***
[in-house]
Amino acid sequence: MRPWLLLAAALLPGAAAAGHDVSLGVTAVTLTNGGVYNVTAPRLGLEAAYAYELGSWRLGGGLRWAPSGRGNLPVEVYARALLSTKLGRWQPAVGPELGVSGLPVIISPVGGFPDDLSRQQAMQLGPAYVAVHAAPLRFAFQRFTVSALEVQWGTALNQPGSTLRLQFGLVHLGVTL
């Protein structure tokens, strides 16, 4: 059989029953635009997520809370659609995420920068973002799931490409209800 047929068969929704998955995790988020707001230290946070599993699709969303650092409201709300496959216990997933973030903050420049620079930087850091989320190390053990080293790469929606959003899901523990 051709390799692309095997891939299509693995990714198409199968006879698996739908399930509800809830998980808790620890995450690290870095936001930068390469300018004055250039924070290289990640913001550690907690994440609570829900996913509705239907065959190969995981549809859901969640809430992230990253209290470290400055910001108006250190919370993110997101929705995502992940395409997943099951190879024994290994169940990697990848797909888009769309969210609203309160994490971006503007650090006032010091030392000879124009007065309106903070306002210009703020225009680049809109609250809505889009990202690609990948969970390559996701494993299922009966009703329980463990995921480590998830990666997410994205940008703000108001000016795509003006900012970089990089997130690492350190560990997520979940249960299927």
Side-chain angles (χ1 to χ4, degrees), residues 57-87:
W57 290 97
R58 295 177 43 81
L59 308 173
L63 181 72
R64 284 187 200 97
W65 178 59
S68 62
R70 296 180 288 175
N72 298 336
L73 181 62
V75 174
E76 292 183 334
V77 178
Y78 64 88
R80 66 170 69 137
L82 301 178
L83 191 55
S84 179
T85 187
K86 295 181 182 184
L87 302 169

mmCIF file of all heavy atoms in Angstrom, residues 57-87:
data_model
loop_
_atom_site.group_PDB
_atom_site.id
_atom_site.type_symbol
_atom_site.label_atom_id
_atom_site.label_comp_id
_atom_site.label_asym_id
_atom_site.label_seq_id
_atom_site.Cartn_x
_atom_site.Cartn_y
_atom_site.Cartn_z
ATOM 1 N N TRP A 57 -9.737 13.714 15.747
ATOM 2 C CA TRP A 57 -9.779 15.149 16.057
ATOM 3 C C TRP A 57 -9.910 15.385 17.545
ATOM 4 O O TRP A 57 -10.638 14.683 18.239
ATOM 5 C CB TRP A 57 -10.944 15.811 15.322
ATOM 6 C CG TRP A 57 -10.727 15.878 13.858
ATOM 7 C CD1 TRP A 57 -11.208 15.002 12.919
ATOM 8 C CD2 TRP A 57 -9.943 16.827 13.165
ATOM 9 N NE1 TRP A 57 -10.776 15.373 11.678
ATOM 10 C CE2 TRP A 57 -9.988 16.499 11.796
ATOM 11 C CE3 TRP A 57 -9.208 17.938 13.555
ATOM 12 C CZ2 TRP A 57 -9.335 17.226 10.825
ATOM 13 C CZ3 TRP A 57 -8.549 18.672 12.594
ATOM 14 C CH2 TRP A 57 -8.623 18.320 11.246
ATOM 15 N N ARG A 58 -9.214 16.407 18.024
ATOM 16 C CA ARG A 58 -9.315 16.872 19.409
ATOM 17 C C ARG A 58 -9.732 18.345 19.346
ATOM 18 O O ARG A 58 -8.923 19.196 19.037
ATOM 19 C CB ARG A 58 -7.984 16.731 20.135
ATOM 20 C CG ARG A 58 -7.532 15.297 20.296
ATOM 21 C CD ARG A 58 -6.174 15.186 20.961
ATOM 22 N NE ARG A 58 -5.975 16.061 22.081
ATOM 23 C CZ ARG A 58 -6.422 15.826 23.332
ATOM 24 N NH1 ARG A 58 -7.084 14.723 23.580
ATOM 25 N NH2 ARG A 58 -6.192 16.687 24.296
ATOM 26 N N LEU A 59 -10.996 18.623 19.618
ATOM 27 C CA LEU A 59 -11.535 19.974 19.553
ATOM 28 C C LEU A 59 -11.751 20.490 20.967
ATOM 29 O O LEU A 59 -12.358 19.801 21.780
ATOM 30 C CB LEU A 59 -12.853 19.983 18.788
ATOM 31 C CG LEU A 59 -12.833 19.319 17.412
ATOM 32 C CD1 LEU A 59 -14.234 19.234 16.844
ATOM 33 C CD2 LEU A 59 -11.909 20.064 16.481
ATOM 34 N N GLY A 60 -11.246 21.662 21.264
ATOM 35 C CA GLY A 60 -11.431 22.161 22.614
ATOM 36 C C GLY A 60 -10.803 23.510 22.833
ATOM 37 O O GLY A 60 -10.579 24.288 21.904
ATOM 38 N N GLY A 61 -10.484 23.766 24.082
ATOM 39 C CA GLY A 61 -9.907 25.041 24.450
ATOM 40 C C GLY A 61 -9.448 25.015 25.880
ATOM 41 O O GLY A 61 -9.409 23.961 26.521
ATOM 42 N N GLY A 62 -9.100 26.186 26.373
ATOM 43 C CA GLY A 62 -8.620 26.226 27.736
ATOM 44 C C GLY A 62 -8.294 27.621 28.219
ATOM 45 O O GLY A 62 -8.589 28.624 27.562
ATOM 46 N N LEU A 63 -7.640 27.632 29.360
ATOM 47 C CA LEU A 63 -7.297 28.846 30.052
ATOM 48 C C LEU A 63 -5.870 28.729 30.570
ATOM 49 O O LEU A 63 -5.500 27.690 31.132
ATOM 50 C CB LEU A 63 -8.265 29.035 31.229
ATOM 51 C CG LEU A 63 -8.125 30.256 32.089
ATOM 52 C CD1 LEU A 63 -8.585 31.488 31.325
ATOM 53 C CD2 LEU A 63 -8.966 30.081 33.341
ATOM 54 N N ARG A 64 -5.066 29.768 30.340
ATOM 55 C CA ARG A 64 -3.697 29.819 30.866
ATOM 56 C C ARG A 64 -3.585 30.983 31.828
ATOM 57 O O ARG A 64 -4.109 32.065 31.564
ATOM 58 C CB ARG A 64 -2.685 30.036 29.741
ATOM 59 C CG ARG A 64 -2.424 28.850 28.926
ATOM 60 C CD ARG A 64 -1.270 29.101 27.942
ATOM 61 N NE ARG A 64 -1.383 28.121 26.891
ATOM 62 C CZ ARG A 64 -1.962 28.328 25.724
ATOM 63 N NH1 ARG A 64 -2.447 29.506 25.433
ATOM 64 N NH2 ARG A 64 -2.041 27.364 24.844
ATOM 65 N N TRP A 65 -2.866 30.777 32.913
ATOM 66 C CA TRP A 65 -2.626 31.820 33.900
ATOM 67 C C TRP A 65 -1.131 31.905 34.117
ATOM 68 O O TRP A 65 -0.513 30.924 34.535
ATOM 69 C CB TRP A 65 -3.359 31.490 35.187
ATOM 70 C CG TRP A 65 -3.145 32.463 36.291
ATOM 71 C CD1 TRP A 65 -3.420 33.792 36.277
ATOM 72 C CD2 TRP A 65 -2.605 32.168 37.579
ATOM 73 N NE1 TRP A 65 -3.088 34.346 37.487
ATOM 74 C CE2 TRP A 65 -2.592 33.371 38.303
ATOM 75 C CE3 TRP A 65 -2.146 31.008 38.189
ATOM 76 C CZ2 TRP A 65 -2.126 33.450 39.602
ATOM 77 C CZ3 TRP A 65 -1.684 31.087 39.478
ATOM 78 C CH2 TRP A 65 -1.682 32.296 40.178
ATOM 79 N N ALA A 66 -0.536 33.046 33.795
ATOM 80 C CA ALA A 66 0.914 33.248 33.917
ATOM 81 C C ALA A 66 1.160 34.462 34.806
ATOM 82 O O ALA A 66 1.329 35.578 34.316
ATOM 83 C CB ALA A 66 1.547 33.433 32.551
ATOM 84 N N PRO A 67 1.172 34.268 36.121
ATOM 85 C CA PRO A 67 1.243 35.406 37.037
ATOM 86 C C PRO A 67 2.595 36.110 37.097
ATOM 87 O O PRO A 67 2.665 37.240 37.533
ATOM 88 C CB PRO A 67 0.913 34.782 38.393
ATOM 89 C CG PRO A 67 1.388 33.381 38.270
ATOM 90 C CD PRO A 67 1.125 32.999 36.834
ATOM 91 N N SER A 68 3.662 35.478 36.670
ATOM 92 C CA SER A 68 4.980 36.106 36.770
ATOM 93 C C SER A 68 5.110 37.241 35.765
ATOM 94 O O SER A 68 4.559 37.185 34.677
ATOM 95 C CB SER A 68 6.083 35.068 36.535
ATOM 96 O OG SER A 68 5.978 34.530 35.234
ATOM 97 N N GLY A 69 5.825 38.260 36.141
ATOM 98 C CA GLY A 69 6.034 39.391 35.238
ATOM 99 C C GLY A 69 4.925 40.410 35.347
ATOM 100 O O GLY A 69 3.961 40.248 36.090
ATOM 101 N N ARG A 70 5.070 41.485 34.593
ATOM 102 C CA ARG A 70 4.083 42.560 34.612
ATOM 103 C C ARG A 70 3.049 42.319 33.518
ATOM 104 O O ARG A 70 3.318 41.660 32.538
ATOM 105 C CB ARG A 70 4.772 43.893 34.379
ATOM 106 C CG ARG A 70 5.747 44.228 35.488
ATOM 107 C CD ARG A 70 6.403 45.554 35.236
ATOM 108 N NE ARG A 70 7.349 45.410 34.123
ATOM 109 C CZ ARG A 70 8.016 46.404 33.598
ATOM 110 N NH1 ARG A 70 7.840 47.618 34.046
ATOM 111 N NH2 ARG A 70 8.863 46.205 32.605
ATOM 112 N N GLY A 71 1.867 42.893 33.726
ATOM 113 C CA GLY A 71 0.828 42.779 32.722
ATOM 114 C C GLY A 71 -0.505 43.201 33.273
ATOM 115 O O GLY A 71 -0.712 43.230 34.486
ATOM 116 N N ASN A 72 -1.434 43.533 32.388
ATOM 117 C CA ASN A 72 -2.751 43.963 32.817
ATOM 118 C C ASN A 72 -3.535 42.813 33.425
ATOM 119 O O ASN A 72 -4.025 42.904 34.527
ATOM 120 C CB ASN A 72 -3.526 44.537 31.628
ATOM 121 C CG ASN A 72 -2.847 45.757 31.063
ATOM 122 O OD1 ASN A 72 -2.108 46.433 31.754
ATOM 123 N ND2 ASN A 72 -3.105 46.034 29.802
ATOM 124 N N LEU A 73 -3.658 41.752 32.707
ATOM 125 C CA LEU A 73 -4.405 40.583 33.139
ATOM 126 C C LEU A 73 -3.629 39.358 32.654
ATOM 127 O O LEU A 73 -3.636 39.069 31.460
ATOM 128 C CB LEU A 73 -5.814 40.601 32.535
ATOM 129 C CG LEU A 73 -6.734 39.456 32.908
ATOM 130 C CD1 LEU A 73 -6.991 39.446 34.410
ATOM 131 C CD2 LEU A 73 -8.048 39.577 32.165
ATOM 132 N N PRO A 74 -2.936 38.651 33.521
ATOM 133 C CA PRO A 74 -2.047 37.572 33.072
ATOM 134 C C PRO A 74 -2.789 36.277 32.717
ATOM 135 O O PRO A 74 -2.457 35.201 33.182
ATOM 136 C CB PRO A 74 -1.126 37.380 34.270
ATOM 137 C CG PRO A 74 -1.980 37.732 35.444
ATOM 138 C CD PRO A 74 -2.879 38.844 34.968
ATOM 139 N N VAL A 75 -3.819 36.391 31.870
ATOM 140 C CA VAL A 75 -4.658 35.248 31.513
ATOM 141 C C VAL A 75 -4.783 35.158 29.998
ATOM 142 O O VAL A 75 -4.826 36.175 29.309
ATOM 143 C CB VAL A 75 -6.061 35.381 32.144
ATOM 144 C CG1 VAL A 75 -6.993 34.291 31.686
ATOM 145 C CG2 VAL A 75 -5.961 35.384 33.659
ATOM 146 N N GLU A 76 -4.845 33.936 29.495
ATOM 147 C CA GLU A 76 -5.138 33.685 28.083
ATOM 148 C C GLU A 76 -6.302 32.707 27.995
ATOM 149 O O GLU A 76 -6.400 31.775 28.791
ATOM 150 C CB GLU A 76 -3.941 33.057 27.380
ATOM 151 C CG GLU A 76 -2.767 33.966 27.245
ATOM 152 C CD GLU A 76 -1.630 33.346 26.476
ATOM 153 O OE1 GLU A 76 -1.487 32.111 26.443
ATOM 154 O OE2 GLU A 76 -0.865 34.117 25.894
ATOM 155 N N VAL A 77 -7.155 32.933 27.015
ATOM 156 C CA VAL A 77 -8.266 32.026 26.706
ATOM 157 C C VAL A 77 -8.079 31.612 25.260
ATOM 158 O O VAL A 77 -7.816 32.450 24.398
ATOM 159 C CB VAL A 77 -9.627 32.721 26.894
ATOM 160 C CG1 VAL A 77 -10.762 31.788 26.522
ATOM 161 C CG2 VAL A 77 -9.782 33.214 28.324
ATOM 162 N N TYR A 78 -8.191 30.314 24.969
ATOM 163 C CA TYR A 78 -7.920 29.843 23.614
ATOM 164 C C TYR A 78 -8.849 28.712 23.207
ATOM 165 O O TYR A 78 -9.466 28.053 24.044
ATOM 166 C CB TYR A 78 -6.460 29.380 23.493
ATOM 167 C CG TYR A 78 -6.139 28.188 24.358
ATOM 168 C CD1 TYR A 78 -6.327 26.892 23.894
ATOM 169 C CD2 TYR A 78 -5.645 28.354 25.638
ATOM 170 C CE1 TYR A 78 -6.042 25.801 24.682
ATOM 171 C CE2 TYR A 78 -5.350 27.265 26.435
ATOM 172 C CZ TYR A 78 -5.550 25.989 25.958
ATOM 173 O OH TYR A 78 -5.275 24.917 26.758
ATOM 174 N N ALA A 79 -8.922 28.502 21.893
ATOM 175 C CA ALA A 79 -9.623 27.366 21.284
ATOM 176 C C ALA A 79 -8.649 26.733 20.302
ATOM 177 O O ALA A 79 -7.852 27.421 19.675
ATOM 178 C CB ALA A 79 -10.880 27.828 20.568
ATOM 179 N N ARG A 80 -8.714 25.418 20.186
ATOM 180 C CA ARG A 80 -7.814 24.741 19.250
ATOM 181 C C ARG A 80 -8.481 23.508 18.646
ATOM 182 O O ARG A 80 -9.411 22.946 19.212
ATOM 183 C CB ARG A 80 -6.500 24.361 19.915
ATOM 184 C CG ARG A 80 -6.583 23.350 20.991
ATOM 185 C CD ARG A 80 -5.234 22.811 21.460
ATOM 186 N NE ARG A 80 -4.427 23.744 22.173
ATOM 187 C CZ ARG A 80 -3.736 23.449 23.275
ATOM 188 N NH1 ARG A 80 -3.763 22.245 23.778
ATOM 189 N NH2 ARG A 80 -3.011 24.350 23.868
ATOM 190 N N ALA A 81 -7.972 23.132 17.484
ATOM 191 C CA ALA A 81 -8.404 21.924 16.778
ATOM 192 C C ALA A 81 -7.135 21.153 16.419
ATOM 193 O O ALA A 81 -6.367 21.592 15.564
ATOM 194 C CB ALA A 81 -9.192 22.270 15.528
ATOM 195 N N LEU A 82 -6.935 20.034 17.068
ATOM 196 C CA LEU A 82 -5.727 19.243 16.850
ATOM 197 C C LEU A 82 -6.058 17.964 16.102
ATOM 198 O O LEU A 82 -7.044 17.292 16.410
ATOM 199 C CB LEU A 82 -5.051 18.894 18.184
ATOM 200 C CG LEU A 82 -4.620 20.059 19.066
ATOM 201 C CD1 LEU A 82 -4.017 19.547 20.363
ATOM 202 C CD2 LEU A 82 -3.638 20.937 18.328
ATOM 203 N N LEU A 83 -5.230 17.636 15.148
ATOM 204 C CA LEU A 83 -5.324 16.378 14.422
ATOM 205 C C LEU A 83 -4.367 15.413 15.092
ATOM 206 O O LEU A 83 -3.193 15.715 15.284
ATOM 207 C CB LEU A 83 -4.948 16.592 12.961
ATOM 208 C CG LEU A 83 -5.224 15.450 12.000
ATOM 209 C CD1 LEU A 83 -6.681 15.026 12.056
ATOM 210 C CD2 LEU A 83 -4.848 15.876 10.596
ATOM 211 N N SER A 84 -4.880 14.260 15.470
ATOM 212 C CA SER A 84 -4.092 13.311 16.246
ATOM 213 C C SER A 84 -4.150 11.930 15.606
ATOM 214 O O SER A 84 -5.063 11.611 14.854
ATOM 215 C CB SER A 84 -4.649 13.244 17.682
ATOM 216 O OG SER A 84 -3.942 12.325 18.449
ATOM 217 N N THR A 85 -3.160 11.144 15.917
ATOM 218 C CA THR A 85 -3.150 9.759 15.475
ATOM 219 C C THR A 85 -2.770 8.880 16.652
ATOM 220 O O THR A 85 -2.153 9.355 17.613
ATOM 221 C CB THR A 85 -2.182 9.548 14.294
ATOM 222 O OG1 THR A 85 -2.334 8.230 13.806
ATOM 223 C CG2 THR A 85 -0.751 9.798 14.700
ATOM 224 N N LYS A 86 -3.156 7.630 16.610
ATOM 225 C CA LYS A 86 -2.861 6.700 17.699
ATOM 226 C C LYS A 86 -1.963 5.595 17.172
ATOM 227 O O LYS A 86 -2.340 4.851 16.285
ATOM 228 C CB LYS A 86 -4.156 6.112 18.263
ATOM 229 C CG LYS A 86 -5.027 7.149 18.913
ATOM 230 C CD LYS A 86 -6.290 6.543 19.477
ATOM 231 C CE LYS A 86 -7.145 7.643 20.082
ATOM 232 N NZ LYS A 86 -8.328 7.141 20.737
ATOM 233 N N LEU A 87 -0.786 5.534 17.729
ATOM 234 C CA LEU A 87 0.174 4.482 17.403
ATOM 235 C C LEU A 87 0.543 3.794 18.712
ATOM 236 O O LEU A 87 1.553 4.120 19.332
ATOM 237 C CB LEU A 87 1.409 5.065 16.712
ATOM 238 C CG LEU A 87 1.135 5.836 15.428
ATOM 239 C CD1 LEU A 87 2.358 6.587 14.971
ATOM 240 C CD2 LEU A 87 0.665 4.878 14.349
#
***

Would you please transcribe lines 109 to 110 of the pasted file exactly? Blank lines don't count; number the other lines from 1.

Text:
ATOM 71 C CD1 TRP A 65 -3.420 33.792 36.277
ATOM 72 C CD2 TRP A 65 -2.605 32.168 37.579